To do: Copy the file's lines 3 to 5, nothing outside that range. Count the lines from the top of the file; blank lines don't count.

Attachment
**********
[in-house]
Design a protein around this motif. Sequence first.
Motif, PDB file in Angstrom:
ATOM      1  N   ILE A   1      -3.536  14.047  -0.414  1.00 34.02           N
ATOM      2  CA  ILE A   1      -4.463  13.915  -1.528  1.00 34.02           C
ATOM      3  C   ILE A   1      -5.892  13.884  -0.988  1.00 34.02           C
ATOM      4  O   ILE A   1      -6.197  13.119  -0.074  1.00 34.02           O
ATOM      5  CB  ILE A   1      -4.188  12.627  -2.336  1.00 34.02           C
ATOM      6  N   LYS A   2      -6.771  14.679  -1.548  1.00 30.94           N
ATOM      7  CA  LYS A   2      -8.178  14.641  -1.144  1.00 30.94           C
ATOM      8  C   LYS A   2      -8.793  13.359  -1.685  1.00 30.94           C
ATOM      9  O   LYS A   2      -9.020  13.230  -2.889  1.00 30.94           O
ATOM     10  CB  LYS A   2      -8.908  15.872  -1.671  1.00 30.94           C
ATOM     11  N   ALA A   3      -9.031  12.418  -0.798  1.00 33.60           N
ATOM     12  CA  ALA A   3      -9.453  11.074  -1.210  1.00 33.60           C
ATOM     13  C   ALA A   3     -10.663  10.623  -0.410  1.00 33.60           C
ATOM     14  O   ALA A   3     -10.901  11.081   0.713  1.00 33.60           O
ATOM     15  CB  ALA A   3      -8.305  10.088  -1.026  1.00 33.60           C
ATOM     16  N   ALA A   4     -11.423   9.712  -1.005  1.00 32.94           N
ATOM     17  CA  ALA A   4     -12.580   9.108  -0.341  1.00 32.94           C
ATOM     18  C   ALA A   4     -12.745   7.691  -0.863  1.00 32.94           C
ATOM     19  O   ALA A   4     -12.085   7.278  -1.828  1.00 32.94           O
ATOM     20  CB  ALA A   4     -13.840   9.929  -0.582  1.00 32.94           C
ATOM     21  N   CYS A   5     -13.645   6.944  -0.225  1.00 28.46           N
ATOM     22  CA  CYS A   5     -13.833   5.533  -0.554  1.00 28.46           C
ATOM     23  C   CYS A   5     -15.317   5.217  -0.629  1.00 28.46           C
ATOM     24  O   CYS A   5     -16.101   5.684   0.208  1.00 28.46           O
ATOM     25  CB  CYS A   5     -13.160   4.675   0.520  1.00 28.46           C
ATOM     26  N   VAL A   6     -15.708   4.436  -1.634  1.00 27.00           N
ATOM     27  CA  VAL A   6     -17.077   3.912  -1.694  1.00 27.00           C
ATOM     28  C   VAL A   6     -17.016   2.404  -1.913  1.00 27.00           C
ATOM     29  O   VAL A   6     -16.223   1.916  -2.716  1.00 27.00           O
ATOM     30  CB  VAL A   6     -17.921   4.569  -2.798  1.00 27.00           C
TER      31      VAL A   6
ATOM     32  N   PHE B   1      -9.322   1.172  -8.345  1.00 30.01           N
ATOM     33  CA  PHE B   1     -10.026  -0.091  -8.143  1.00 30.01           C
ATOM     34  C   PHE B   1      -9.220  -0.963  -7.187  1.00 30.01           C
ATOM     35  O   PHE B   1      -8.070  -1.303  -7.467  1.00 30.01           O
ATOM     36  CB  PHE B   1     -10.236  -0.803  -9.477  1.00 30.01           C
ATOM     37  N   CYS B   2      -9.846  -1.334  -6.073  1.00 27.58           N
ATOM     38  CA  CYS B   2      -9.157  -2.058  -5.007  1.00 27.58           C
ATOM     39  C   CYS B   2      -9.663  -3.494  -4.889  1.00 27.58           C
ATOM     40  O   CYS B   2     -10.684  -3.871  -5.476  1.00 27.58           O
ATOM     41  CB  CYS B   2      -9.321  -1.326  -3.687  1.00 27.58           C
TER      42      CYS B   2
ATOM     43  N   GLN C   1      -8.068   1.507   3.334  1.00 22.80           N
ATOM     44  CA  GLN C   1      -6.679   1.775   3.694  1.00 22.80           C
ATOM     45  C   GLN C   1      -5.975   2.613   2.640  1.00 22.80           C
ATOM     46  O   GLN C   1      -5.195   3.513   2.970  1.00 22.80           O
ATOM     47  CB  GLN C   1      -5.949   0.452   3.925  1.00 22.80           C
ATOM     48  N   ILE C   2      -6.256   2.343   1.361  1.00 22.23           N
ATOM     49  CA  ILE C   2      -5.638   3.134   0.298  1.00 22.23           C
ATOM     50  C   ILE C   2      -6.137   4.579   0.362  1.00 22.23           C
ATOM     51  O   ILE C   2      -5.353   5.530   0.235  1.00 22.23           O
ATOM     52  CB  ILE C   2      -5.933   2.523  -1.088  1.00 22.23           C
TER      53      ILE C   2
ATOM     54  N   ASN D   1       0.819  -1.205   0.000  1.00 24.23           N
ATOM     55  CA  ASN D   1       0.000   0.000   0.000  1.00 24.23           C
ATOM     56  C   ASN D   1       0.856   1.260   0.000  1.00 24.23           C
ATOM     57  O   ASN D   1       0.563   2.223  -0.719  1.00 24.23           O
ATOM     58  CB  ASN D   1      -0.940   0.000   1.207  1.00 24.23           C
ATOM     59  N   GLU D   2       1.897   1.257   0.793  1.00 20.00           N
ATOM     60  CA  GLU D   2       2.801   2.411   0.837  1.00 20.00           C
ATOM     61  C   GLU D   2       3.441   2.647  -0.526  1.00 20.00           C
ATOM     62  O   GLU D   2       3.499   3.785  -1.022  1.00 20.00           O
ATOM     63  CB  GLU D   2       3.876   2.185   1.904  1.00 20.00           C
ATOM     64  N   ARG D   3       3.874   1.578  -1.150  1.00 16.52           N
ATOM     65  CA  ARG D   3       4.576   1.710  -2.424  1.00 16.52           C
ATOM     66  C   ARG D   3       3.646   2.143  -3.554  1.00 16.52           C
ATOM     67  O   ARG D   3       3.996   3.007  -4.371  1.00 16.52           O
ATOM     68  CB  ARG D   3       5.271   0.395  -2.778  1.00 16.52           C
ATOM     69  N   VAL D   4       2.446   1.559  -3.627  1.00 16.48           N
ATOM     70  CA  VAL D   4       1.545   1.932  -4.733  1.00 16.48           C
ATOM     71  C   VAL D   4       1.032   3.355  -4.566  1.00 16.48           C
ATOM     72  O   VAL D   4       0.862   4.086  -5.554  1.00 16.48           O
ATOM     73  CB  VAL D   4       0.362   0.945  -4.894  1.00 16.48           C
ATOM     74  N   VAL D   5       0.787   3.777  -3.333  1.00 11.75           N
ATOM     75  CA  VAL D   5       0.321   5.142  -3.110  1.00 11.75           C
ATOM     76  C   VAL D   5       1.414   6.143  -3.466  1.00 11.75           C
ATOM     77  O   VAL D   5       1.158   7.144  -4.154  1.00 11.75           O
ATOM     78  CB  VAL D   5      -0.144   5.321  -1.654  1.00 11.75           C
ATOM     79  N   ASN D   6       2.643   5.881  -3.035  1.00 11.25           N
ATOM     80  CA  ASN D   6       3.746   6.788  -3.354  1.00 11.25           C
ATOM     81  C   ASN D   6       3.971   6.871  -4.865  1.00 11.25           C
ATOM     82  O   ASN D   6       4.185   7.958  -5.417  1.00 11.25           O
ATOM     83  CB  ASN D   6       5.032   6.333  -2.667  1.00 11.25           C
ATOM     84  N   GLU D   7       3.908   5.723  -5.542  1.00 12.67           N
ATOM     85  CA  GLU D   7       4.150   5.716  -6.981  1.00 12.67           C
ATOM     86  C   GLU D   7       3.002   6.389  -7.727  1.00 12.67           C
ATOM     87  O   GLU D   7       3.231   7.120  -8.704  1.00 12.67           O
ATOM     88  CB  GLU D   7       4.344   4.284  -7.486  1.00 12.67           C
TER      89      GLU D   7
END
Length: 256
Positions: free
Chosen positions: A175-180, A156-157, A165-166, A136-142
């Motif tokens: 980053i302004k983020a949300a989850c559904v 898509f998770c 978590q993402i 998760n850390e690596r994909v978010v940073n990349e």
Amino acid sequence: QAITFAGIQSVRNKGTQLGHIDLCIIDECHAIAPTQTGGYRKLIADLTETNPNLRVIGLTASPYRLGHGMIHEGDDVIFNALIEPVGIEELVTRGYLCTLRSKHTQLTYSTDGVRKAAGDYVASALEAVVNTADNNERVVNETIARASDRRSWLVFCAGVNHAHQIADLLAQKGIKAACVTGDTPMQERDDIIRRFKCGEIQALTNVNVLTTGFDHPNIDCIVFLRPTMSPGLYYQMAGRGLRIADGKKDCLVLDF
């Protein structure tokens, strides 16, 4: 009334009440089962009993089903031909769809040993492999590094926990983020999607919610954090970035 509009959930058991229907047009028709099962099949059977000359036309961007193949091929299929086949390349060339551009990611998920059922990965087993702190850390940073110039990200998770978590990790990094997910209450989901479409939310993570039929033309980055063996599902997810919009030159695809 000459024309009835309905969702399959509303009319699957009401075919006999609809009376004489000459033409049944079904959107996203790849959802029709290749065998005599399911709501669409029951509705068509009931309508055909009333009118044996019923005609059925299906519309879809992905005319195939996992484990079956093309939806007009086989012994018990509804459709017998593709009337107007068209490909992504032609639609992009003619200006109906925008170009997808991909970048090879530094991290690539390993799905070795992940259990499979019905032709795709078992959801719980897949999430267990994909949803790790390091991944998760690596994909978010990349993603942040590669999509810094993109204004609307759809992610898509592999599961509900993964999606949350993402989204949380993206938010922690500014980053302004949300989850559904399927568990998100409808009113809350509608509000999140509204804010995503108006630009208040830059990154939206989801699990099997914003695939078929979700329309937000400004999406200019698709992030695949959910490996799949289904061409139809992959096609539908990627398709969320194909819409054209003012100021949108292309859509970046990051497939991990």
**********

Motif, PDB file in Angstrom:
ATOM      1  N   ILE A   1      -3.536  14.047  -0.414  1.00 34.02           N
ATOM      2  CA  ILE A   1      -4.463  13.915  -1.528  1.00 34.02           C